Irvin D. Yalom has made a career of investigating the lives of others. In Becoming Myself, his long-awaited memoir, he turns his therapeutic eye on himself, delving into the relationships that shaped him and the ground-breaking work that made him famous.
Yalom is famous for his revolutionary work in group psychotherapy. In his book he explains how he became the foremost practitioner of existential psychotherapy, a method that draws on the wisdom of great thinkers over the ages.
A Brief History of Anger
My patient Brenda came to her session today with an agenda. Without even glancing at me, she entered my office, took her seat, opened her purse to remove her notes, and commenced to read aloud a prepared statement listing complaints about my behaviour during our previous meeting.
“You said I was doing a poor job in our sessions and that your other patients came better prepared to talk about issues. And you implied you much preferred to work with your other patients. And you scolded me for not bringing in dreams or daydreams. And you sided with my last therapist and said that my refusal to open up had been responsible for the failure of all my previous therapies.”
During the previous hour, Brenda had sat silently, as she often did, and volunteered nothing, forcing me to work much too hard: it felt as if I were trying to pry open an oyster. This time, as she read her list of accusations, I became increasingly defensive. Dealing with anger is not my strong suit. My reflex inclination was to point out her distortions, but I held my tongue for a number of reasons. For one thing, this was a propitious start to a session – a hell of a lot better than last week! She was opening up, unharnessing the sorts of thoughts and feelings that had kept her so tightly bound. Moreover, even though she had distorted my words, I knew I had, indeed, thought some of the things she accused me of saying, and most likely these thoughts had coloured my words in ways I had not recognised. “Brenda, I entirely understood your annoyance: I think you’re misquoting me a bit but you’re right on: I did feel frustrated and somewhat baffled last week.” I then asked, “If we have a similar session in the future, what do you advise? What is the best question I could pose?”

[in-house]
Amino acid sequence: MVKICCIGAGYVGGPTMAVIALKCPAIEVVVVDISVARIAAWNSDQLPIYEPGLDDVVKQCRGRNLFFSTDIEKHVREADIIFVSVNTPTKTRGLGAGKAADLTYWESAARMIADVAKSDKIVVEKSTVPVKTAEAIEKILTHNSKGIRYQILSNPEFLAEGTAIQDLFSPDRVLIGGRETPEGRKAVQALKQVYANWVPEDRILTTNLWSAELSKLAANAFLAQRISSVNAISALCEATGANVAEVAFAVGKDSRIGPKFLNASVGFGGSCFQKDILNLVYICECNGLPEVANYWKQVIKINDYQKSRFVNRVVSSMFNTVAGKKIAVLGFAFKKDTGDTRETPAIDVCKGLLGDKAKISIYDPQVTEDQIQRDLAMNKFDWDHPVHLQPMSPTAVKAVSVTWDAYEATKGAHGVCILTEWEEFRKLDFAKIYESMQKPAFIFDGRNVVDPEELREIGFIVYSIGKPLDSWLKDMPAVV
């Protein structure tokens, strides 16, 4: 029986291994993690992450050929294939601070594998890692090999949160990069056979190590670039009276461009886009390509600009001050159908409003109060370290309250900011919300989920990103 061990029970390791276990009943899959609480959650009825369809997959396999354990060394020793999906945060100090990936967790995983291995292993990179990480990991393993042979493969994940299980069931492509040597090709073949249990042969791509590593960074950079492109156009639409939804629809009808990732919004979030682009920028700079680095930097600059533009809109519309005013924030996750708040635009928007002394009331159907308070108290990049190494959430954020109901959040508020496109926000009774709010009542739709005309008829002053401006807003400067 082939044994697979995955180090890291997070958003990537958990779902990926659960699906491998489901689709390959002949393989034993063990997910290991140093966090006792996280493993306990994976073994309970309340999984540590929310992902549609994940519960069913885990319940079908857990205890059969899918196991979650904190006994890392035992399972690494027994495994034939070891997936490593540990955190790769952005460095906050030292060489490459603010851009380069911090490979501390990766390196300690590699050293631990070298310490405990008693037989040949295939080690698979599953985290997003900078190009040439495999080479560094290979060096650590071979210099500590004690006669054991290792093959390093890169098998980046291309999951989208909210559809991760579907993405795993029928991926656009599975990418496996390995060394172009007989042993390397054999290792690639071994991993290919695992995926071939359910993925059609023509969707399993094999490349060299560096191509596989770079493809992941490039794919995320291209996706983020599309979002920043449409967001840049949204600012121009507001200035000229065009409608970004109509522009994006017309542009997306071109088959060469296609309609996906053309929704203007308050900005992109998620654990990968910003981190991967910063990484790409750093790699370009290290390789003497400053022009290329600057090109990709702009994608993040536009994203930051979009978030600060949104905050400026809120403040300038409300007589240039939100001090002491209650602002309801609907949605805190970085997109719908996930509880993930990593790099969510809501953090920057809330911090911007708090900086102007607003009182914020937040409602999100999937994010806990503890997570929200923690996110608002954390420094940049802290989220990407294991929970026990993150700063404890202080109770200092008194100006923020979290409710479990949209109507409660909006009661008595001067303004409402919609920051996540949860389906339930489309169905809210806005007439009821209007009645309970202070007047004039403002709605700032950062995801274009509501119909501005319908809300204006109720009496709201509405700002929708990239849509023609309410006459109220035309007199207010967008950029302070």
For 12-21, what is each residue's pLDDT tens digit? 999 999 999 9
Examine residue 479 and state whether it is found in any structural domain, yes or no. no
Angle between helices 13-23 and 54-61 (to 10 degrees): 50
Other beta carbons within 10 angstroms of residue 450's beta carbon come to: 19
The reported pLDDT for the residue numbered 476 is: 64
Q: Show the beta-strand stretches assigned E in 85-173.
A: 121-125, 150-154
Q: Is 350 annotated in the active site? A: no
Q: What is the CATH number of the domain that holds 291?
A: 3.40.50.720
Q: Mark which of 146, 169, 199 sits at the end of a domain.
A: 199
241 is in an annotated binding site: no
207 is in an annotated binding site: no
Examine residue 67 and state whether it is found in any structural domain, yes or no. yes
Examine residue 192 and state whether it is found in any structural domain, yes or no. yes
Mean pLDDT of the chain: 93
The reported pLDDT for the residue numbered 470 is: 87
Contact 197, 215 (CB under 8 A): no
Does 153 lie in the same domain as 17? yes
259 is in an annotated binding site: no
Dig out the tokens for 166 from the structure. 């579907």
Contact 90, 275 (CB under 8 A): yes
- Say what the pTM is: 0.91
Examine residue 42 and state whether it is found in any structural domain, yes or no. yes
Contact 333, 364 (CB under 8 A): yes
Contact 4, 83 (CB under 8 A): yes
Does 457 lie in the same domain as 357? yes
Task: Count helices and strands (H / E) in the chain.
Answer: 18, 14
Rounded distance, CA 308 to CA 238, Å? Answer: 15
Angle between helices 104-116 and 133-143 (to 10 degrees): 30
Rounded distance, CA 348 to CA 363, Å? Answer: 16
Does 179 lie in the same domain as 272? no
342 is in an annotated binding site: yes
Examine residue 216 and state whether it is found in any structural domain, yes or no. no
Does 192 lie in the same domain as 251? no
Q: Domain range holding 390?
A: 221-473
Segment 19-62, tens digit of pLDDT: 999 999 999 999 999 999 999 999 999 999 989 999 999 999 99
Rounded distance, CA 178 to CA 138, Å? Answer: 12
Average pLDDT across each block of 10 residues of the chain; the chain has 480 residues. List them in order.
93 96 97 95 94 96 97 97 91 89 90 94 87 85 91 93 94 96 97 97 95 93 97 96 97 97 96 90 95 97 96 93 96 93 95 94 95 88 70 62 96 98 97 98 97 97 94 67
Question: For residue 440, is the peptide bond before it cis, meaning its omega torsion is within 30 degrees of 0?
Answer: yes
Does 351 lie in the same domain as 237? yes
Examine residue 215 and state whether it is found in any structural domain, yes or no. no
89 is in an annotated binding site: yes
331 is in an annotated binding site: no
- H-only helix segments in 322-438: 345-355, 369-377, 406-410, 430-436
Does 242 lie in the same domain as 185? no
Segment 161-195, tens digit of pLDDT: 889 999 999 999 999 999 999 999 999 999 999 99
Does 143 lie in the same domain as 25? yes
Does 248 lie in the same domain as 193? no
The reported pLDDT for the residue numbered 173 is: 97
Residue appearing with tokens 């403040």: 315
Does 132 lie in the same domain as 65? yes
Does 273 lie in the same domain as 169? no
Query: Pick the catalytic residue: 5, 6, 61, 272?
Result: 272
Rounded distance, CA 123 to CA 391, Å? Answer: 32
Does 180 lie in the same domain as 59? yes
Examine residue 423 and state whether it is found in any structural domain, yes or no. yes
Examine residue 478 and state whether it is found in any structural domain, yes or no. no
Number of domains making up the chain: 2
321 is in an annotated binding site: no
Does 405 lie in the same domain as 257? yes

Why don’t you just ask me what happened during the last week that made me feel bad?” she replied.
I followed her suggestion and posed the question: “What happened to make you feel bad this last week?” It led to a productive discussion of disappointments and slights she had experienced the past few days. Toward the end of the hour, I circled back to the beginning and inquired how it felt for her to have been so angry with me. She wept as she expressed gratitude for my taking her seriously, for assuming responsibility for my role in it, and for hanging in there with her. I think we both felt we had entered a new phase of therapy.
The session left me thinking about anger as I rode my bike over the creek toward my home. Though I was satisfied with the way I had handled this incident, I know I have more personal work to do in that area, and I would have been far more uncomfortable had I not liked Brenda so much, and known how hard it was for her to criticise me. I had no doubt, also, that I would have felt far more threatened had my patient been an angry male. I’ve always been uneasy in confrontation, personally and professionally, and have carefully avoided any administrative position that might require it – for example, a chairmanship, committee head or deanship. Only once, a few years after I had finished my residency, did I agree to be interviewed for a chairmanship – at my alma mater, Johns Hopkins University. Fortunately – for me and for them – they selected another candidate for the position. I’ve always told myself that avoiding administrative positions was a wise move because my real strength lay in clinical research, practice and writing, but I have to admit now that my fear of conflicts, and my general shyness, played a significant role in it.
Irvin D. Yalom’s Becoming Myself was published on 3 October. Yalom is an emeritus professor of psychiatry at Stanford University and the author many books, including Creatures of a Day and the bestselling Love’s Executioner. HE and his wife, the author Marilyn Yalom, live in Palo Alto, California.